The second category captures climate change-related disputes across the broadest range of industries and parties. Disputes in this category will encounter climate change issues indirectly; for example, in damages quantum where scenarios may capture the effect of alternative climate change policies or climate change risks; or where damages quantum is determined by the costs of mitigation or adaptation. Examples for this category include: a contractor in charge of construction of a new deep-water harbour disputes whether increased salinity of fresh water sources was induced by rising sea-levels, owing to climate change, albeit that other contributing factors may exist, and requests an extension of time and additional costs; a car manufacturer’s inability to use compliant components as a result of the destruction of one of its suppliers by a tsunami forces it to seek an indemnity from its suppliers; and a sudden loss or reduction in business in breach of a supply contract due to a client abruptly changing its strategy to achieve carbon neutrality. There is the potential for climate change-specific issues in valuation and damages quantum for disputes in this category that may require innovative solutions and other considerations to tailor the traditional approaches to damages quantum.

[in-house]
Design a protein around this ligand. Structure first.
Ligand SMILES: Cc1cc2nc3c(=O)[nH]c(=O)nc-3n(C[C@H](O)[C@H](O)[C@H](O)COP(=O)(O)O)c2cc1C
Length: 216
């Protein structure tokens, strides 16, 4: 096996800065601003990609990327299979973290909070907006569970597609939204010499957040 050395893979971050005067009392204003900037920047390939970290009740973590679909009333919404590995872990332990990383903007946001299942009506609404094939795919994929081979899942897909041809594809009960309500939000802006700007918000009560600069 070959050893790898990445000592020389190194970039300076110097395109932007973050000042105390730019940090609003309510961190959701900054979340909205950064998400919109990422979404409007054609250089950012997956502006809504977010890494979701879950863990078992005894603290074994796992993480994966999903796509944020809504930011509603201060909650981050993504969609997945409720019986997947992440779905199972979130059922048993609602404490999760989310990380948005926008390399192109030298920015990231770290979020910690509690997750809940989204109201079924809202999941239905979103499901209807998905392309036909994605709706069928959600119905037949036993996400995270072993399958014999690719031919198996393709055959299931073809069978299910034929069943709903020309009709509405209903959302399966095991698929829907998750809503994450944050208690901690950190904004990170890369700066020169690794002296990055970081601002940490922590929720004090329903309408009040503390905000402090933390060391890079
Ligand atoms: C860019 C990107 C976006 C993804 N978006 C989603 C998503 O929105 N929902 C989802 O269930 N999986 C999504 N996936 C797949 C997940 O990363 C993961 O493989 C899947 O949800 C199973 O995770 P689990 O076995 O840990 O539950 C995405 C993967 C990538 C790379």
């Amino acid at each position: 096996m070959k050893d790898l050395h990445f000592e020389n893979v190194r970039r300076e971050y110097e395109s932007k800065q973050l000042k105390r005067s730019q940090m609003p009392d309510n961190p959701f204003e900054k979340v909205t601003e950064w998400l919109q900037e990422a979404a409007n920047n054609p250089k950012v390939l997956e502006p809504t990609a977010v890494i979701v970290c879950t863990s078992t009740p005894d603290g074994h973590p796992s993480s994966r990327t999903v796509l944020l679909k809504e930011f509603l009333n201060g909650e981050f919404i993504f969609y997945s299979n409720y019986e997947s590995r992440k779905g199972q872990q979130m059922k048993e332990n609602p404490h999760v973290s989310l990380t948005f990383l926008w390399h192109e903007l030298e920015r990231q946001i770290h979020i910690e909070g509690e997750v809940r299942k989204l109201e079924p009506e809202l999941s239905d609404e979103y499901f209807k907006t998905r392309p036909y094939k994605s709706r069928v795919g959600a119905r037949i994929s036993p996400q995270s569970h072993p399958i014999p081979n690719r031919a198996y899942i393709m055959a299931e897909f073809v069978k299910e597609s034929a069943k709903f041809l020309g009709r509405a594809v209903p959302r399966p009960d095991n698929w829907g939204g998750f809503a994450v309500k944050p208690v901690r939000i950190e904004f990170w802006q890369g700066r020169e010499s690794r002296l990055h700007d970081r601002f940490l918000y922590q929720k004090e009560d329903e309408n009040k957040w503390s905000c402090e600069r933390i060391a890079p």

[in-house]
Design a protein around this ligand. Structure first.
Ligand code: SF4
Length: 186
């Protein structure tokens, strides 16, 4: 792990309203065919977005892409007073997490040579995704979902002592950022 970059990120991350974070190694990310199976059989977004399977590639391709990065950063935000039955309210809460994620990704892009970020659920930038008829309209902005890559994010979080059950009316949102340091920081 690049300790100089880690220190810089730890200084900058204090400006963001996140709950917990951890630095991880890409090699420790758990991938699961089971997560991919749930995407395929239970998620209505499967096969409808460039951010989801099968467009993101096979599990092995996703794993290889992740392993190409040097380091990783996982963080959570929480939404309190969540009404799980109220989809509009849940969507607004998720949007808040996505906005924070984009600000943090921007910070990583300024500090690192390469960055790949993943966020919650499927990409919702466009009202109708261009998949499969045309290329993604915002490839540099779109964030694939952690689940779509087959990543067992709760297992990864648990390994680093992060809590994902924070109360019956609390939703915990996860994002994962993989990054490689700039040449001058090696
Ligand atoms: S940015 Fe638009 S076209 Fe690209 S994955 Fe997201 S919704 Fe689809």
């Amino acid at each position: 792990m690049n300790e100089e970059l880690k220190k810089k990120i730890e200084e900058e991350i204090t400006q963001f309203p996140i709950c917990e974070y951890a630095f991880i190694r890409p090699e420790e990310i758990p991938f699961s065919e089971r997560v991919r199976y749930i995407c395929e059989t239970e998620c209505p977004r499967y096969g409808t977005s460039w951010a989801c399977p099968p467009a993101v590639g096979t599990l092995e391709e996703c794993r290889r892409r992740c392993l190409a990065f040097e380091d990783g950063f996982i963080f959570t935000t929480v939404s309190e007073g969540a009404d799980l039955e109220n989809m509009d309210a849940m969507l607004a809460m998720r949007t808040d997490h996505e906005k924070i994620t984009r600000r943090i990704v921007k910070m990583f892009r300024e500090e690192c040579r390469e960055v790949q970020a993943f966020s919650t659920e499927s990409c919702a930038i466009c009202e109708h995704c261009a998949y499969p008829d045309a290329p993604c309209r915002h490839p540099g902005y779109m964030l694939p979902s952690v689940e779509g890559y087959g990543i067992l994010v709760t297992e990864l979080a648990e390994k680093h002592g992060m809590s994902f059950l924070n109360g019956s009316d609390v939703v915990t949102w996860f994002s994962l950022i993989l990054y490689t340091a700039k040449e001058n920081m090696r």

Traditional approaches to valuation and damages quantum remain relevant